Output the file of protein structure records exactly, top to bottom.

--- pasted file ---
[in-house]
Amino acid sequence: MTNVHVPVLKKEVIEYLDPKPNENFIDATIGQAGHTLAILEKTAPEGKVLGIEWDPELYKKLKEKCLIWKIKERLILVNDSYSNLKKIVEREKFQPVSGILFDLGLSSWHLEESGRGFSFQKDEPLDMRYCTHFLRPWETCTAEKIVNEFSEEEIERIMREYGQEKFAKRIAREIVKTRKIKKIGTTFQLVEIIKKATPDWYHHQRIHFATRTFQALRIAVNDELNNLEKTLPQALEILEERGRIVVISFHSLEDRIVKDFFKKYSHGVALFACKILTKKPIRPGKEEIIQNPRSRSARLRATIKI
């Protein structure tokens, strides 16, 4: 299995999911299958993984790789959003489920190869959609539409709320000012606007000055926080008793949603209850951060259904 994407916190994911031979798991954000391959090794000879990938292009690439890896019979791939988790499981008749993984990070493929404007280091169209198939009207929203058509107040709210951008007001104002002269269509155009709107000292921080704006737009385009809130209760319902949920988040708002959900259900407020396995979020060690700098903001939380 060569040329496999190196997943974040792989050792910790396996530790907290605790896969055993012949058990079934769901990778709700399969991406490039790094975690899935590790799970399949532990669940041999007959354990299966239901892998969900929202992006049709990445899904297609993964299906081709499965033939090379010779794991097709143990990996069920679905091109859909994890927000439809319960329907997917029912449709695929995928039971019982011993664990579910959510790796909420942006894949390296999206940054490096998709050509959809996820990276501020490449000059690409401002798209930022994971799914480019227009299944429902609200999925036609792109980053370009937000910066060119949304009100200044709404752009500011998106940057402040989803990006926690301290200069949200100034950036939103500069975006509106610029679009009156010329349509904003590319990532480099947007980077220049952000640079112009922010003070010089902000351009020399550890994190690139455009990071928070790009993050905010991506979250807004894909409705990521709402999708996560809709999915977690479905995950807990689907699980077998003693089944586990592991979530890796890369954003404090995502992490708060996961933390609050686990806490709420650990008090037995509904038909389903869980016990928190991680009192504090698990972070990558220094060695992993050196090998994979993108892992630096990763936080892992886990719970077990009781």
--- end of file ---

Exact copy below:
[in-house]
Amino acid sequence: MTNVHVPVLKKEVIEYLDPKPNENFIDATIGQAGHTLAILEKTAPEGKVLGIEWDPELYKKLKEKCLIWKIKERLILVNDSYSNLKKIVEREKFQPVSGILFDLGLSSWHLEESGRGFSFQKDEPLDMRYCTHFLRPWETCTAEKIVNEFSEEEIERIMREYGQEKFAKRIAREIVKTRKIKKIGTTFQLVEIIKKATPDWYHHQRIHFATRTFQALRIAVNDELNNLEKTLPQALEILEERGRIVVISFHSLEDRIVKDFFKKYSHGVALFACKILTKKPIRPGKEEIIQNPRSRSARLRATIKI
């Protein structure tokens, strides 16, 4: 299995999911299958993984790789959003489920190869959609539409709320000012606007000055926080008793949603209850951060259904 994407916190994911031979798991954000391959090794000879990938292009690439890896019979791939988790499981008749993984990070493929404007280091169209198939009207929203058509107040709210951008007001104002002269269509155009709107000292921080704006737009385009809130209760319902949920988040708002959900259900407020396995979020060690700098903001939380 060569040329496999190196997943974040792989050792910790396996530790907290605790896969055993012949058990079934769901990778709700399969991406490039790094975690899935590790799970399949532990669940041999007959354990299966239901892998969900929202992006049709990445899904297609993964299906081709499965033939090379010779794991097709143990990996069920679905091109859909994890927000439809319960329907997917029912449709695929995928039971019982011993664990579910959510790796909420942006894949390296999206940054490096998709050509959809996820990276501020490449000059690409401002798209930022994971799914480019227009299944429902609200999925036609792109980053370009937000910066060119949304009100200044709404752009500011998106940057402040989803990006926690301290200069949200100034950036939103500069975006509106610029679009009156010329349509904003590319990532480099947007980077220049952000640079112009922010003070010089902000351009020399550890994190690139455009990071928070790009993050905010991506979250807004894909409705990521709402999708996560809709999915977690479905995950807990689907699980077998003693089944586990592991979530890796890369954003404090995502992490708060996961933390609050686990806490709420650990008090037995509904038909389903869980016990928190991680009192504090698990972070990558220094060695992993050196090998994979993108892992630096990763936080892992886990719970077990009781």